First impressions of oral arguments in the Hobby Lobby case, which could potentially result in extending constitutional freedom of religion rights to corporations. Corporations, mind you. This is a case brought by a corporation (albeit a privately held one) NOT an individual. This Supreme Court has already ruled, in Citizens United, that corporations have free speech rights; where does it stop? Could corporations adopt children (The Truman Show)? Could a corporation marry? Vote? Run for office? And how do we decide what religion a corporation is? Will it be like kingdoms during the Reformation and the peasants adopt whatever religion the King has? Is it the same religion as the CEO or the largest shareholder? Could a corporation vote by majority vote of the shareholders? May a shareholder sue the corporation for not fulfilling its religion duties (staying open on the Sabbath, for example; or selling non-kosher products)? And which religious beliefs are valid? Can I decide my corporation has a religious objection to environmental laws? The minimum wage? Workplace safety laws?

It’s utterly asinine to extend Constitutional rights to paper entities like corporations. There is no valid theory to uphold it, certainly not Original Intent, as corporations as we know them did not even exist at the time the Constitution was written. The only reason for the Supreme Court to even consider this ridiculous claim is the majority’s utterly loathing of President Obama and pro-corporate bent.

 

UPDATE: Justice Kennedy apparently thinks this is a case about abortion. That is potentially very bad news for people who don’t want their employer deciding what kind of birth control they can use.

Published in: on March 25, 2014 at 12:03 pm  Leave a Comment  
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One Of These Things Is Not Like The Other

Why is it that NONE of the big tough-guy he-man Conservatives currently clutching their pearls and taking to the fainting couch over the very idea that Tsarnaev might be afforded his rights as a US citizen ever once suggested military tribunals or water-boarding for Timothy McVeigh or Scott Roeder? Hmmm, what could possibly be the difference?

Republican Healthcare Plan Upheld By Supreme Court

In a stunning victory for Mitt Romney, a narrowly and bitterly divided US Supreme Court today upheld his controversial signature legislation, the Patient Protection and Affordable Care Act.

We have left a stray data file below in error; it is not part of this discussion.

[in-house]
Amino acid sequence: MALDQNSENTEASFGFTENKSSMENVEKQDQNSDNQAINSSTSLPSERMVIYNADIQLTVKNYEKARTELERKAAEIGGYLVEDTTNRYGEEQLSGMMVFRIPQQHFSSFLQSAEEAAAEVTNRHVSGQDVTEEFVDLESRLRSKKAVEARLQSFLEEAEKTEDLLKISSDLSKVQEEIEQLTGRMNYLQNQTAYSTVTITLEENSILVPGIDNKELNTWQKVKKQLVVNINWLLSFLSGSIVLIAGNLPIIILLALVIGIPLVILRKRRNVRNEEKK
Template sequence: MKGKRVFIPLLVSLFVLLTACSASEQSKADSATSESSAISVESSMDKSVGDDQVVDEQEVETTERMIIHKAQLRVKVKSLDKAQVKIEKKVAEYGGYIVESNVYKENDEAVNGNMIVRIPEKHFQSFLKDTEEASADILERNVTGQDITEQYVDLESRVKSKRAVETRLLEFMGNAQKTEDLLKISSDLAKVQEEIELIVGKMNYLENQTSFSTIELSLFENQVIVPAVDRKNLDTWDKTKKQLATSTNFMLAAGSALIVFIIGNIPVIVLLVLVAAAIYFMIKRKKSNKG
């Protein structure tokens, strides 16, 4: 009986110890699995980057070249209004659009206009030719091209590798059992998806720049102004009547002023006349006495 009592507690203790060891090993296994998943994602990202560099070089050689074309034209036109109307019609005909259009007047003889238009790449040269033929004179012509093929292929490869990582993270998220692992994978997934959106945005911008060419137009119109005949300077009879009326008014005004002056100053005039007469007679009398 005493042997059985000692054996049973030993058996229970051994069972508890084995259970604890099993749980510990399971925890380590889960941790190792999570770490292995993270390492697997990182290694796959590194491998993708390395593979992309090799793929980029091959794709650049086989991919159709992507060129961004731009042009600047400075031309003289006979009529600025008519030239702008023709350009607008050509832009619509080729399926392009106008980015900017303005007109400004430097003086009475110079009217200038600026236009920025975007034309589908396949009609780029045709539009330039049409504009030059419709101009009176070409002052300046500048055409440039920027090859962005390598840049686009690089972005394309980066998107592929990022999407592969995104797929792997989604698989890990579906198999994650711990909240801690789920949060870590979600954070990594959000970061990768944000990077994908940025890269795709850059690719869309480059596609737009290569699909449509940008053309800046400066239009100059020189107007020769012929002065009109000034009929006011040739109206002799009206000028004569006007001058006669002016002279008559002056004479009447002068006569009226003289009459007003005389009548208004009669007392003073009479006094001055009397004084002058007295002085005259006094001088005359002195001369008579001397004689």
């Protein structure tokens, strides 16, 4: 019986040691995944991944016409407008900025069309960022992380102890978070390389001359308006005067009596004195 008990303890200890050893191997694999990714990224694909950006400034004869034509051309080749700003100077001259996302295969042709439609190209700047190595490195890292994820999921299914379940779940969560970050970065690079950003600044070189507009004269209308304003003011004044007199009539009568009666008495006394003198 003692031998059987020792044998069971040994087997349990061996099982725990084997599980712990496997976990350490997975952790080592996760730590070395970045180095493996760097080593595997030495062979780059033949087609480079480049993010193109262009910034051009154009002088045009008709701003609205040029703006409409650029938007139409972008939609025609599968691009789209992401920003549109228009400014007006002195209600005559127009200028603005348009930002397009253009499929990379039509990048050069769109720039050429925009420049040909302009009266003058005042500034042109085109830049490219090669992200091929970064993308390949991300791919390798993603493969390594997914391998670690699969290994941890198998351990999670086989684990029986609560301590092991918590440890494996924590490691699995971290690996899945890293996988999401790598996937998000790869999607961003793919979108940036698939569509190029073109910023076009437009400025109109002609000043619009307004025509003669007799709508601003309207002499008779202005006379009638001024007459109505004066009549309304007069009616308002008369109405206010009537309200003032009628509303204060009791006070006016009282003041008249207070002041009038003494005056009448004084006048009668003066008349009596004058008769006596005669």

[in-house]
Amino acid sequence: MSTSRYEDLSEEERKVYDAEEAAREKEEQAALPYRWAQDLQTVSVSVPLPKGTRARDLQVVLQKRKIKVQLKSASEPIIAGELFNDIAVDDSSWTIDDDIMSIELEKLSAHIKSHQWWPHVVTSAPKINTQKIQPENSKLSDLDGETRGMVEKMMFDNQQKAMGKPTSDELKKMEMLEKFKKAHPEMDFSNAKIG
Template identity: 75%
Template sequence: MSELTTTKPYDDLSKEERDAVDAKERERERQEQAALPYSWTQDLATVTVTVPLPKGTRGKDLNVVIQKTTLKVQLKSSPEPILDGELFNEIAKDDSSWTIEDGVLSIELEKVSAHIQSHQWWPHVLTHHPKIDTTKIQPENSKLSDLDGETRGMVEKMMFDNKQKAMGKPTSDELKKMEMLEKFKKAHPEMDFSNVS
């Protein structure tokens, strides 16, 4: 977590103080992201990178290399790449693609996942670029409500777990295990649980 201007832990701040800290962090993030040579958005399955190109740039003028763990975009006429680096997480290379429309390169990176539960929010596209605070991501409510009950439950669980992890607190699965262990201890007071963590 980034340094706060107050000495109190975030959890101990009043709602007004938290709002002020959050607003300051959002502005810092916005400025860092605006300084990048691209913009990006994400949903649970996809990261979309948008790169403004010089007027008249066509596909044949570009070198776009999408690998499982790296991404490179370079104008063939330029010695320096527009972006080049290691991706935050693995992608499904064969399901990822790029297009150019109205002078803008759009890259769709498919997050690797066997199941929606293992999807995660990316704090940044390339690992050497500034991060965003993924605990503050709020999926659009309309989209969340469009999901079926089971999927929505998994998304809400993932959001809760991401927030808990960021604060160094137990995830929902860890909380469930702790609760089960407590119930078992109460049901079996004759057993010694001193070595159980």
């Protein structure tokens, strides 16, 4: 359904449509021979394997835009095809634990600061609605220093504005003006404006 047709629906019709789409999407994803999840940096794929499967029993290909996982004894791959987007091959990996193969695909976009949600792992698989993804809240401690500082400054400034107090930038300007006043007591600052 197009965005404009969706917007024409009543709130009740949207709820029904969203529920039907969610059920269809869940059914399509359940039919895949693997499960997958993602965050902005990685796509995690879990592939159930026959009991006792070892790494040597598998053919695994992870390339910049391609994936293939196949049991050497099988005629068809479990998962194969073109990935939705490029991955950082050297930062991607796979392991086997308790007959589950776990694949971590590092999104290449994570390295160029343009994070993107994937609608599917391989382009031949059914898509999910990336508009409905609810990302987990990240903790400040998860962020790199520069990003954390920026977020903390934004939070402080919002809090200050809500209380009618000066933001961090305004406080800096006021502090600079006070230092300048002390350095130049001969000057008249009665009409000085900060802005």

Here’s another question for you: given that Attorney General Greg Abbott is such a staunch proponent of tort reform and so opposed to frivolous lawsuits, will he now reimburse the tax payers of Texas for all the money he wasted opposing the Affordable Care Act?  And suing the EPA?  And supporting the Arizona immigration law?  I’ll get right to holding my breath waiting for that to happen.

Another Shocker

Turns out voter fraud is not, in fact, a rampant epidemic.  So, why is the Republic Party so frantic to push Voter ID, purge 91-year old decorated WW2 veterans, etc.?  This has been going on for years now, and is especially insidious in light of the fact that there is actually no Constitutional right to vote.  Hmmm, why are they so panicked?  I wonder…

Published in: on June 14, 2012 at 11:40 am  Leave a Comment  
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Constitution Accidentally Upheld

Judge Katherine B. Forrest has blocked implementation of the National Defense Authorization Act (NDAA) which allows American citizens to be arrested on American soil and locked up forever without charge.  Rather despicably, the Obama Justice Department continues to support this un-American police-state legislation.  Mark Greenwald offered a more in-depth discussion following her initial, preliminary injunction last month.  It was bad enough that Obama broke his promise to veto this godawful bill, his pinky-promise not to abuse it notwithstanding; continuing to push for the kind of power that normally only roils in the fevered dreams of Dick Cheney is really beyond the pale.  Why, exactly, did we vote for this guy again?

Published in: on June 8, 2012 at 5:11 pm  Leave a Comment  
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Your Liberal Media At Work

Rulings on the Affordable Care Act are only news when they rule against it.  Color me shocked.

Published in: on August 13, 2011 at 1:49 pm  Leave a Comment  
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Conservative Activist Judges

George Will speaks truth: conservatives really do want “activist” judges, provided they are “activist” in the right direction.  He might also have mentioned Bush v. Gore, surely the most activist (not to mention anti-States’ Rights) decision of the Court so far this century.